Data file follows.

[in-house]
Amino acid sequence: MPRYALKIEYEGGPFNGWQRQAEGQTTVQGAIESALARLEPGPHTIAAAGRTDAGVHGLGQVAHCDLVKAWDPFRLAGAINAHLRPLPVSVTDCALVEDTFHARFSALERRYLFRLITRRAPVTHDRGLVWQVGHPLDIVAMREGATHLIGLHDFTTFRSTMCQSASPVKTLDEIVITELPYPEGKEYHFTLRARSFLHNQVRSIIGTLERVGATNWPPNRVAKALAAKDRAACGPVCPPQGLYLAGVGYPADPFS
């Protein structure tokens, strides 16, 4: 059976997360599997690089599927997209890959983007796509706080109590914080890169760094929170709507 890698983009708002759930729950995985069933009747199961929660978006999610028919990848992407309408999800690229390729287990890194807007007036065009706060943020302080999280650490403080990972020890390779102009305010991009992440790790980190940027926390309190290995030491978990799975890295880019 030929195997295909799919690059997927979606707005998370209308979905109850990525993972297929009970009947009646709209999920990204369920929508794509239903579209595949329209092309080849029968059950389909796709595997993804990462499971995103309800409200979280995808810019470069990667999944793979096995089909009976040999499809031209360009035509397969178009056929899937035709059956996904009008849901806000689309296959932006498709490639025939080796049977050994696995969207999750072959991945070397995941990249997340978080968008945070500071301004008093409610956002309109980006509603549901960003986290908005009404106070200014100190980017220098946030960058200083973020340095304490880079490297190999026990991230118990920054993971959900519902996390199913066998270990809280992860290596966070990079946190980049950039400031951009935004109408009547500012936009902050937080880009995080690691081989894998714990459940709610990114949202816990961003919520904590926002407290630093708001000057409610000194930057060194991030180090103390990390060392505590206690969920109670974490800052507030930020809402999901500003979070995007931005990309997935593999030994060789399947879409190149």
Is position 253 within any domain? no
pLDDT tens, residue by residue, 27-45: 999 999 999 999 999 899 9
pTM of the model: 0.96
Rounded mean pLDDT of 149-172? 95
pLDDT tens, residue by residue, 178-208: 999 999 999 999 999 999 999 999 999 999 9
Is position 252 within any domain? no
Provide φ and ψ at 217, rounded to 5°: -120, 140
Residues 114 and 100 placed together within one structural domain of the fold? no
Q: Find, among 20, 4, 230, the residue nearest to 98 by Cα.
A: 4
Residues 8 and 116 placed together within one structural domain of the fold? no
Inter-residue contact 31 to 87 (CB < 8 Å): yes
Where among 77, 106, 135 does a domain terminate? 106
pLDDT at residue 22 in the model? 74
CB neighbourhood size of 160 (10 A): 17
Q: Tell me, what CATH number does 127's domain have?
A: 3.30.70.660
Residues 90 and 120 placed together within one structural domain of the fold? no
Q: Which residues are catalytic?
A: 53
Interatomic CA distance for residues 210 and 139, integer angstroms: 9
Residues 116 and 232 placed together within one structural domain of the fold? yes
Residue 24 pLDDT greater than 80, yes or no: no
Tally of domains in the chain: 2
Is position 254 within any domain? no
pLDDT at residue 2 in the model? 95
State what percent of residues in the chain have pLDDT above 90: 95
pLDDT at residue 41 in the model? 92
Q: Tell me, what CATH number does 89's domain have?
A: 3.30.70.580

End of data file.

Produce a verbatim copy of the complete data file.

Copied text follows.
[in-house]
Amino acid sequence: MPRYALKIEYEGGPFNGWQRQAEGQTTVQGAIESALARLEPGPHTIAAAGRTDAGVHGLGQVAHCDLVKAWDPFRLAGAINAHLRPLPVSVTDCALVEDTFHARFSALERRYLFRLITRRAPVTHDRGLVWQVGHPLDIVAMREGATHLIGLHDFTTFRSTMCQSASPVKTLDEIVITELPYPEGKEYHFTLRARSFLHNQVRSIIGTLERVGATNWPPNRVAKALAAKDRAACGPVCPPQGLYLAGVGYPADPFS
């Protein structure tokens, strides 16, 4: 059976997360599997690089599927997209890959983007796509706080109590914080890169760094929170709507 890698983009708002759930729950995985069933009747199961929660978006999610028919990848992407309408999800690229390729287990890194807007007036065009706060943020302080999280650490403080990972020890390779102009305010991009992440790790980190940027926390309190290995030491978990799975890295880019 030929195997295909799919690059997927979606707005998370209308979905109850990525993972297929009970009947009646709209999920990204369920929508794509239903579209595949329209092309080849029968059950389909796709595997993804990462499971995103309800409200979280995808810019470069990667999944793979096995089909009976040999499809031209360009035509397969178009056929899937035709059956996904009008849901806000689309296959932006498709490639025939080796049977050994696995969207999750072959991945070397995941990249997340978080968008945070500071301004008093409610956002309109980006509603549901960003986290908005009404106070200014100190980017220098946030960058200083973020340095304490880079490297190999026990991230118990920054993971959900519902996390199913066998270990809280992860290596966070990079946190980049950039400031951009935004109408009547500012936009902050937080880009995080690691081989894998714990459940709610990114949202816990961003919520904590926002407290630093708001000057409610000194930057060194991030180090103390990390060392505590206690969920109670974490800052507030930020809402999901500003979070995007931005990309997935593999030994060789399947879409190149």
Is position 253 within any domain? no
pLDDT tens, residue by residue, 27-45: 999 999 999 999 999 899 9
pTM of the model: 0.96
Rounded mean pLDDT of 149-172? 95
pLDDT tens, residue by residue, 178-208: 999 999 999 999 999 999 999 999 999 999 9
Is position 252 within any domain? no
Provide φ and ψ at 217, rounded to 5°: -120, 140
Residues 114 and 100 placed together within one structural domain of the fold? no
Q: Find, among 20, 4, 230, the residue nearest to 98 by Cα.
A: 4
Residues 8 and 116 placed together within one structural domain of the fold? no
Inter-residue contact 31 to 87 (CB < 8 Å): yes
Where among 77, 106, 135 does a domain terminate? 106
pLDDT at residue 22 in the model? 74
CB neighbourhood size of 160 (10 A): 17
Q: Tell me, what CATH number does 127's domain have?
A: 3.30.70.660
Residues 90 and 120 placed together within one structural domain of the fold? no
Q: Which residues are catalytic?
A: 53
Interatomic CA distance for residues 210 and 139, integer angstroms: 9
Residues 116 and 232 placed together within one structural domain of the fold? yes
Residue 24 pLDDT greater than 80, yes or no: no
Tally of domains in the chain: 2
Is position 254 within any domain? no
pLDDT at residue 2 in the model? 95
State what percent of residues in the chain have pLDDT above 90: 95
pLDDT at residue 41 in the model? 92
Q: Tell me, what CATH number does 89's domain have?
A: 3.30.70.580